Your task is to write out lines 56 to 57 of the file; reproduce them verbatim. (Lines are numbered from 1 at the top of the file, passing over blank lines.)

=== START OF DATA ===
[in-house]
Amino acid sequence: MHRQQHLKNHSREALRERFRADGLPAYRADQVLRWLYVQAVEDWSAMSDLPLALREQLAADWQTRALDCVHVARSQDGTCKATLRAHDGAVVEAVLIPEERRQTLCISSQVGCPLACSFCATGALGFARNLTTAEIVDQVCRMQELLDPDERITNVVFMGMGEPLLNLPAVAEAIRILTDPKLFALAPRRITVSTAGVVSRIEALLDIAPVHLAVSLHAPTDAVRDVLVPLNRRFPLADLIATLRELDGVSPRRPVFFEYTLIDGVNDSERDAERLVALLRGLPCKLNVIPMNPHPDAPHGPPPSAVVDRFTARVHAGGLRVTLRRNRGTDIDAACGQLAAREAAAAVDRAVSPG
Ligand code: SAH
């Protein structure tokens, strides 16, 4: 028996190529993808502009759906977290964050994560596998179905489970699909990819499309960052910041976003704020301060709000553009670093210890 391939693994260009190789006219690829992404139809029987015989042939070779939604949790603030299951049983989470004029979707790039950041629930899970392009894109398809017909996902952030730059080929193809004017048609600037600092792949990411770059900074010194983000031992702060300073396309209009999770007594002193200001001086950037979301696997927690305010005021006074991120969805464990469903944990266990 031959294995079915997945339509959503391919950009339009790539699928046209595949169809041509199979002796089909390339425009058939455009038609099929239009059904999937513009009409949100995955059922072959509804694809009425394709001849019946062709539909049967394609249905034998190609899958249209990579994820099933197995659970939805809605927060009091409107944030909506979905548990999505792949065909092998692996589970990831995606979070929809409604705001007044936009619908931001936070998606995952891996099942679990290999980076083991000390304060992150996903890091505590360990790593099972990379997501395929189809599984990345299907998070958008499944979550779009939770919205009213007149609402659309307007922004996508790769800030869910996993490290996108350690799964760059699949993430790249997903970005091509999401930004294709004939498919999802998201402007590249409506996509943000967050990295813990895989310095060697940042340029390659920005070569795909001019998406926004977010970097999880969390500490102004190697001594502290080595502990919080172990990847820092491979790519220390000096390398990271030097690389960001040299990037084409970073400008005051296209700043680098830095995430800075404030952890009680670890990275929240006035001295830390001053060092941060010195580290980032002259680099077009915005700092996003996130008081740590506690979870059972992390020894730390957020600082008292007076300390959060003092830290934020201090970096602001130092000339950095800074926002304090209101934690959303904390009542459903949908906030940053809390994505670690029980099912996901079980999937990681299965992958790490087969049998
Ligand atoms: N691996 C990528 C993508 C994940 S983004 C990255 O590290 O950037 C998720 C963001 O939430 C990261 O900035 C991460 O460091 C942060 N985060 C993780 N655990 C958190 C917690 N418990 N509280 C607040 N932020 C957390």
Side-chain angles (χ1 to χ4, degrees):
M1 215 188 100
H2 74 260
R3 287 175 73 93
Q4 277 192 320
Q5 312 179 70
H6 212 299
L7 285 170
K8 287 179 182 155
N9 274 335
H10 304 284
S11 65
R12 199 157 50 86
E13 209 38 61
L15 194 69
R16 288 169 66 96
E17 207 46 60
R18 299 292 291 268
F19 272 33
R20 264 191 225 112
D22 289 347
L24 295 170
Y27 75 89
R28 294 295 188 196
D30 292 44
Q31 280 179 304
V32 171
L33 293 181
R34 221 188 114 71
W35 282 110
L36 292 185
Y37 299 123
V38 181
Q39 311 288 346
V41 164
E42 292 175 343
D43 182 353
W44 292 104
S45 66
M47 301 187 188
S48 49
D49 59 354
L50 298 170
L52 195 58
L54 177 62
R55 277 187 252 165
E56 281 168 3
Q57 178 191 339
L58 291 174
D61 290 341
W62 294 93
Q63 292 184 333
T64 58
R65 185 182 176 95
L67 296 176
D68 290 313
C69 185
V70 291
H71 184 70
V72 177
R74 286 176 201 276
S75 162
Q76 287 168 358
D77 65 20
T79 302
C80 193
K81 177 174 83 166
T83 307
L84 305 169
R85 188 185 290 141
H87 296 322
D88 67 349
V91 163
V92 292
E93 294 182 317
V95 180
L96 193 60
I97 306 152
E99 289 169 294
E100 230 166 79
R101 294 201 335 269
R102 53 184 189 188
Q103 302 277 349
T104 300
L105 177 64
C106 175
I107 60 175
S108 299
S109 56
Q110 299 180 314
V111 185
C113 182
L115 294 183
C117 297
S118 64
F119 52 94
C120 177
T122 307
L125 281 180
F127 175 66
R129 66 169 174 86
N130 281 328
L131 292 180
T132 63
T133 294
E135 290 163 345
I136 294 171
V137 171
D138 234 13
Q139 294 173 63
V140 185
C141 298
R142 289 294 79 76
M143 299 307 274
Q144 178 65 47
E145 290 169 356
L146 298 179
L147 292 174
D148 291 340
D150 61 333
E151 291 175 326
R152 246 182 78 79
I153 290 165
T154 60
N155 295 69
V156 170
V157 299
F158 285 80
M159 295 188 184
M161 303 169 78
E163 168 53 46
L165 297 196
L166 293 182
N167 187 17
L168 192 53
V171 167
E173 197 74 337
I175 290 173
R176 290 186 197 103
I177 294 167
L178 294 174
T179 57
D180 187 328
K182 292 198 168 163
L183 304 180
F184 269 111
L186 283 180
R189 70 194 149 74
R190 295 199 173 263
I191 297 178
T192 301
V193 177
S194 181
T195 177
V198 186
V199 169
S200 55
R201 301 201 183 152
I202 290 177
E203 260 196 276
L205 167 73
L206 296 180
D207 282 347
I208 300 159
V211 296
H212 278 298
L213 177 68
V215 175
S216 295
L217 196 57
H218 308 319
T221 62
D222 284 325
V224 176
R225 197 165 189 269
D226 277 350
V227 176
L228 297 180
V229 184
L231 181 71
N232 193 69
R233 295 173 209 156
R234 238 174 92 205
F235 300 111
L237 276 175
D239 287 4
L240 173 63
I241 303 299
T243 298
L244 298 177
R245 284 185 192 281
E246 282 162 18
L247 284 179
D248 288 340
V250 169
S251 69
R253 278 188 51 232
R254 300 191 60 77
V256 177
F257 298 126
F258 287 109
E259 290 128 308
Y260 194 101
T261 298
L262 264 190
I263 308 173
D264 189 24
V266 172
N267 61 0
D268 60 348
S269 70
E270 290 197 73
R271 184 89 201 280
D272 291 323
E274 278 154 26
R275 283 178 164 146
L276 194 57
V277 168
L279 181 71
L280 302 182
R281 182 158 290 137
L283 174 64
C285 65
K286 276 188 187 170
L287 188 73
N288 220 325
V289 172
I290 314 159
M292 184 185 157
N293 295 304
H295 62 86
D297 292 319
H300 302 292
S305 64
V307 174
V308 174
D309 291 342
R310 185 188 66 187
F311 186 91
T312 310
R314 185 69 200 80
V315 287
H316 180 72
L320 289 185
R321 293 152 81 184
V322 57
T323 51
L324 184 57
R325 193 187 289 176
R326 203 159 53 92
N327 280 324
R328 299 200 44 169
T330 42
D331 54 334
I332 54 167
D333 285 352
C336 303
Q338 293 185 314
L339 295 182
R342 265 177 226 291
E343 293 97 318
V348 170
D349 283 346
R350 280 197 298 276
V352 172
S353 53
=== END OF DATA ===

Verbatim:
W62 294 93
Q63 292 184 333